A hunting lodge in the middle of the city? Well, in the middle of the 18th century, when Elector Carl Theodor had the Jägerhof Palace built according to the plans of Johann Joseph Couven, it was actually still on the outskirts of Düsseldorf and was surrounded by a zoo.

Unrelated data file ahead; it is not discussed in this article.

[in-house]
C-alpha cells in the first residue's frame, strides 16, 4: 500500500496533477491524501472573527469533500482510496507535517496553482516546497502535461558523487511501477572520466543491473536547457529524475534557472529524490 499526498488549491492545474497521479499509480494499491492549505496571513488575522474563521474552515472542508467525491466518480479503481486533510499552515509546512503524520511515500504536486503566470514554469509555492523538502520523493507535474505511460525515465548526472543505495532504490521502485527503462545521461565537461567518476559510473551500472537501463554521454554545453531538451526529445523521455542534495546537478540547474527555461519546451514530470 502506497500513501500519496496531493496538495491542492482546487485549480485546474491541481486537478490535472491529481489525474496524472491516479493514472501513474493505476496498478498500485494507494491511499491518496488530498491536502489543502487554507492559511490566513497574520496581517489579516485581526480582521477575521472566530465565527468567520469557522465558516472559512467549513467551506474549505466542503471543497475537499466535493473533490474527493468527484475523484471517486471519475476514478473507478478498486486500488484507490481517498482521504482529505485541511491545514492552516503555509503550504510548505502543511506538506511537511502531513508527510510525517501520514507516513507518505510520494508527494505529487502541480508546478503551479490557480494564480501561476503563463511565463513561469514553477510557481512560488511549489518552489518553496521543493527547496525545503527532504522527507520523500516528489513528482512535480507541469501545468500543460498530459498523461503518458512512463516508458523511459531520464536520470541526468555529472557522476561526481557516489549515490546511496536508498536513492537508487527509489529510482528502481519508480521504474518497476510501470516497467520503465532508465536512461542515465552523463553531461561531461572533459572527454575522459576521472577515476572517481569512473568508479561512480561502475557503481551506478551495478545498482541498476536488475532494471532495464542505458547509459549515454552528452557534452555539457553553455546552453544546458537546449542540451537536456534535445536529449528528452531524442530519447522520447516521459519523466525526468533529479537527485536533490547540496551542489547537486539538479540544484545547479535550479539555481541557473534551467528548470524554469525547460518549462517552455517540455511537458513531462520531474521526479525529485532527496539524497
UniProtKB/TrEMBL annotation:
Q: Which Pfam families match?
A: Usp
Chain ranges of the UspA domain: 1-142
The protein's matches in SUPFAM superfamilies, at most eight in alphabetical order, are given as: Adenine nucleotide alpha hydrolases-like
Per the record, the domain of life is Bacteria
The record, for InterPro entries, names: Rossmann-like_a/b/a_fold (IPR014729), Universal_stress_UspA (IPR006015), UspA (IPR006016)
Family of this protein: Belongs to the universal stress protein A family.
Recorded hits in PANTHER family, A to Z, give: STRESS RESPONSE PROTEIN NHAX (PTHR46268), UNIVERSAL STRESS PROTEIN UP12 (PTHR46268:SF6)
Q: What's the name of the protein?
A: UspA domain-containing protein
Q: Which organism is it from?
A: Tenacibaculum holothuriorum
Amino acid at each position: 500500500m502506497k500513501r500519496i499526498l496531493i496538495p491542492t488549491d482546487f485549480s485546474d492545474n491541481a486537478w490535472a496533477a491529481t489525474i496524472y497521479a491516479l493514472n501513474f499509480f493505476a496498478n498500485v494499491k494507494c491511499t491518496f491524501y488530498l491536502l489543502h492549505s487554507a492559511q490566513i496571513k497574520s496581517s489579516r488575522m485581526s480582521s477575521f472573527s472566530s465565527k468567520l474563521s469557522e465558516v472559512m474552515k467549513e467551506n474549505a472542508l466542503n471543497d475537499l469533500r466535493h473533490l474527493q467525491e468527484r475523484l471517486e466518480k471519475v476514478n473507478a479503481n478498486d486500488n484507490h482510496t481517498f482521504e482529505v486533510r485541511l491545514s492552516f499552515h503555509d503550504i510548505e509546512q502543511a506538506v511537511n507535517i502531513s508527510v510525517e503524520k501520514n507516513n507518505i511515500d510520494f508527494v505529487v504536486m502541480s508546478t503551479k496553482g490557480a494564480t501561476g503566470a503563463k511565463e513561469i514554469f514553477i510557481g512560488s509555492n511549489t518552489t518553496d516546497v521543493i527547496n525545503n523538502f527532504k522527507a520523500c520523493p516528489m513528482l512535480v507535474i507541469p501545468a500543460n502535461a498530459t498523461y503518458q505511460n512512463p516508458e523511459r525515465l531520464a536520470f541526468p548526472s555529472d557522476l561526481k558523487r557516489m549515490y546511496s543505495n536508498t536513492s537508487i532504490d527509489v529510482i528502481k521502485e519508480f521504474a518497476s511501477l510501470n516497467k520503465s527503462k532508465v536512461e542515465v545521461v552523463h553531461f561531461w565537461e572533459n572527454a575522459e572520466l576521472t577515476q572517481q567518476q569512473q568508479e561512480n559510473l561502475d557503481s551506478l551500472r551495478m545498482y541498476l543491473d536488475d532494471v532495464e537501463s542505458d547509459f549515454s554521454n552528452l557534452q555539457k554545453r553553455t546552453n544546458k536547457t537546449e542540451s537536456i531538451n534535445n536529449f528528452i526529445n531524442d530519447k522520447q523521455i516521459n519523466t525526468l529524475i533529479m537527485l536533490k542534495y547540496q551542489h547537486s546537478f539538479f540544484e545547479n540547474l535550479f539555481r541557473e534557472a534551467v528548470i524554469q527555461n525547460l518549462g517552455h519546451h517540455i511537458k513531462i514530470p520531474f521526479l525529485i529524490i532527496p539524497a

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The Jägerhof can look back on an eventful history. At the beginning of the 19th century, for example, it was used as a hospital and was in need of much renovation. When Emperor Napoleon announced a visit in 1811, the complex was quickly rebuilt. Subsequently, the art-loving Prince Friedrich of Prussia moved in, and the Jägerhof Palace became the centre of the social and cultural life of the city. To this day, art and culture are at home here: The Jägerhof is home to the Goethe Museum and the Ernst Schneider Foundation. Incidentally, it is no coincidence that the late Baroque building in Jacobistrasse resembles the Benrath Palace in terms of colour scheme and architectural style: Carl Theodor was also the client there, and chief building director Nicolas de Pigage worked in parallel on both buildings.